It was Ernest Hemingway who said in respect of bankruptcy that it happens ‘bit by bit, then all at once’. Societal change can sometimes seem similar. 2022 has felt like a fast forward button pressed on our lives: everything appears to be occurring helter-skelter, and at breakneck pace.
The state of play geopolitically has been accelerated by Vladimir Putin’s tragically stupid invasion of Ukraine. This, in turn, has sent the economy spiralling, as inflation has gripped the UK, partly due to the legacy of Covid-19, and partly due to successive administrations’ failure to produce a plausible and independent energy policy.
The economic turmoil has been exacerbated by an incompetent Bank of England interest rate response, which piled on unnecessary pressure on homeowners. Add in a dicey shift to the Truss administration, and the death of a beloved monarch, and the world looks very different at the finish of 2022 to what it looked like at its start.
But what period of history is without turbulence? In truth, no age is without its anxieties and shocks, its disasters and its queasiness.
Besides, political turbulence always has an inner meaning. To take a historical parallel: when Joseph Chamberlain and Winston Churchill were tearing apart the Conservative Party over the question of free trade, in a way which might remind us of the 2022 summer battle between Liz Truss and Rishi Sunak, few could have known that this would lead to the redistributive Asquith pre-war administration, and the beginning of the birth of the welfare state. One order was ceding to another: and that would mean, in time, opportunity for workers previously undreamed of.
Similarly, as Keir Starmer’s Labour Party seeks to pivot – not always convincingly – to the right, and as sizeable swathes of the Conservative Party argue for higher taxes, and not, as used to be Thatcherite orthodoxy, a smaller state, then it can seem as if some new alignment is struggling to be born. It will have its opportunity alongside the uncertainty.
That’s because turbulent periods always house creativity – and creativity leads to economic activity. The period in the leadup to the Asquith administration saw an enormous amount of invention from air conditioning (1902), to radar (1904), radio broadcasting (1906) and the electronic washing machine (1907). Even World War One engendered numerous inventions we still use today from daylight saving time to Kleenex, zippers and even sanitary pads.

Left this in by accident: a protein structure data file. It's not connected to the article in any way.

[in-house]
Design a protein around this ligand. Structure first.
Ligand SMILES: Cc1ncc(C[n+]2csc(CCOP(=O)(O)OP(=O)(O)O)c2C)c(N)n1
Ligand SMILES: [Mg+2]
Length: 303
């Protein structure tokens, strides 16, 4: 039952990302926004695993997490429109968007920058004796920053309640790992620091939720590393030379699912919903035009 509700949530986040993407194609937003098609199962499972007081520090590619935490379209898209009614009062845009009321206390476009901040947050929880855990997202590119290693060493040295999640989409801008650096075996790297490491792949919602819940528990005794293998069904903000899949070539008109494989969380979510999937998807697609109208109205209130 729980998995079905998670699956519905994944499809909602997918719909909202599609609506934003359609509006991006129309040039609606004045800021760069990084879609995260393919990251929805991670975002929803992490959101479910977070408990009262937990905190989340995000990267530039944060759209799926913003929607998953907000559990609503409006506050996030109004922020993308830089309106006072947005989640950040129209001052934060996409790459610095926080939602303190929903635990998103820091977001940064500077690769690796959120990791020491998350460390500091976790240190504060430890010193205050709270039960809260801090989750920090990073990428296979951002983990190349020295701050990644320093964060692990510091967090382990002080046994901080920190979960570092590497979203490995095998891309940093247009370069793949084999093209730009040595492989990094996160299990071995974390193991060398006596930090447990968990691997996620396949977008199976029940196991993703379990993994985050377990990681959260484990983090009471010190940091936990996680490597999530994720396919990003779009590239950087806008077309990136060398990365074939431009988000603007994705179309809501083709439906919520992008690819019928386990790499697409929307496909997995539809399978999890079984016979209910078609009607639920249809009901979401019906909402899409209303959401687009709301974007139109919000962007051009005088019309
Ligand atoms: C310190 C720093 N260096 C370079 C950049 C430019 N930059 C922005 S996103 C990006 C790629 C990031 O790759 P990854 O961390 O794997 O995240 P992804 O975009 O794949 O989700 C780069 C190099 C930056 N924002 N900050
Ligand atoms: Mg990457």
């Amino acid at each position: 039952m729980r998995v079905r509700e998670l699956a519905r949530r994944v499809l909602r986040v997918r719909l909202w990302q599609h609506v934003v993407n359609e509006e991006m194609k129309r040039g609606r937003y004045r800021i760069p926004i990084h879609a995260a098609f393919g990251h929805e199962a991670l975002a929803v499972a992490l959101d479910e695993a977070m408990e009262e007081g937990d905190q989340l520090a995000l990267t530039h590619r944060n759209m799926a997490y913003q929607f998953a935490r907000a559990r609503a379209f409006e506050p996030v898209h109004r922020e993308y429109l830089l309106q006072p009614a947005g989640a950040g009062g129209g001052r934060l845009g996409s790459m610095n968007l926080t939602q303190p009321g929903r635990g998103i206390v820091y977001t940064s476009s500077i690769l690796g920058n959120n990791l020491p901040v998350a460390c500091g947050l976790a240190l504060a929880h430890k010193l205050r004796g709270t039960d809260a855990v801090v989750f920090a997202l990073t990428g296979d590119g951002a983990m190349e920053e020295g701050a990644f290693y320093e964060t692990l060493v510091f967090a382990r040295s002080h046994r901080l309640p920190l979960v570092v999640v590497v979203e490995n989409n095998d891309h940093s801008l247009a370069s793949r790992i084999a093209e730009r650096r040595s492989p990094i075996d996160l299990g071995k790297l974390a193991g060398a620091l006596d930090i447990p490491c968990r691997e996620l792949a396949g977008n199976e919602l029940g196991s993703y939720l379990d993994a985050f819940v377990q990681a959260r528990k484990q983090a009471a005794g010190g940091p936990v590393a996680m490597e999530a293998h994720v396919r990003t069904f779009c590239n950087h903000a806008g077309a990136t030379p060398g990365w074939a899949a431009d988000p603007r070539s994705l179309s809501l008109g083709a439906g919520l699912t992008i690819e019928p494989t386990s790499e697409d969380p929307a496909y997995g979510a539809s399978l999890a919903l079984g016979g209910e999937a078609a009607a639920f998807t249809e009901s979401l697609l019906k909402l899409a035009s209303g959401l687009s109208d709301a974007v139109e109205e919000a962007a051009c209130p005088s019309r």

Ingenuity and perception sharpens in times of crisis. Most economists agree that technology is inherently deflationary insofar as it saves business costs and reduces labour requirements. It was recently noted by chief executive of Ark Investment Management, Cathie Wood that in 2022 companies are rapidly increasing innovation across a range of areas including adaptive robots, autonomous mobility, blockchain, gene editing, and neural networks. And these technologies, once they are introduced and widely adopted, will either lead to jobs, or free up human capital for further invention.
The world, especially as it is portrayed by today’s media, might be full of vicissitudes, crises and sudden shifts, there are in reality certain constants which don’t get reported.
The first is human creativity. Consider this array of geniuses in the 20th century: the Wright Brothers, Amelia Earhart, Albert Einstein, Marie Curie, Charlie Chaplin, Sir Timothy Berners-Lee, TS Eliot, Igor Stravinsky, Pele, and Nelson Mandela. All were undeterred by the grim news of the day, and of course, another list might be compiled at will – and another and another – until it filled up the whole of this explanation simply with the names of high achievers – without even enlarging on the actual content of their exploits.
Now consider that they all operated in the same centuries as Nazism, Stalinism, Maoism, and numerous genocides and disasters.
That brings us to the second reason for optimism: opportunity. While opportunity isn’t evenly distributed across society at any one time – an inequality which has led us to create the Finito bursary scheme – its overall quantity is clearly on the increase as education broaden, and as the standard of living rises.
These considerations ought to buttress job seekers against despair and make us realise that however the economy or the world might look at any one time, the next development is round the corner, and it’s just as likely to be a good one as a bad.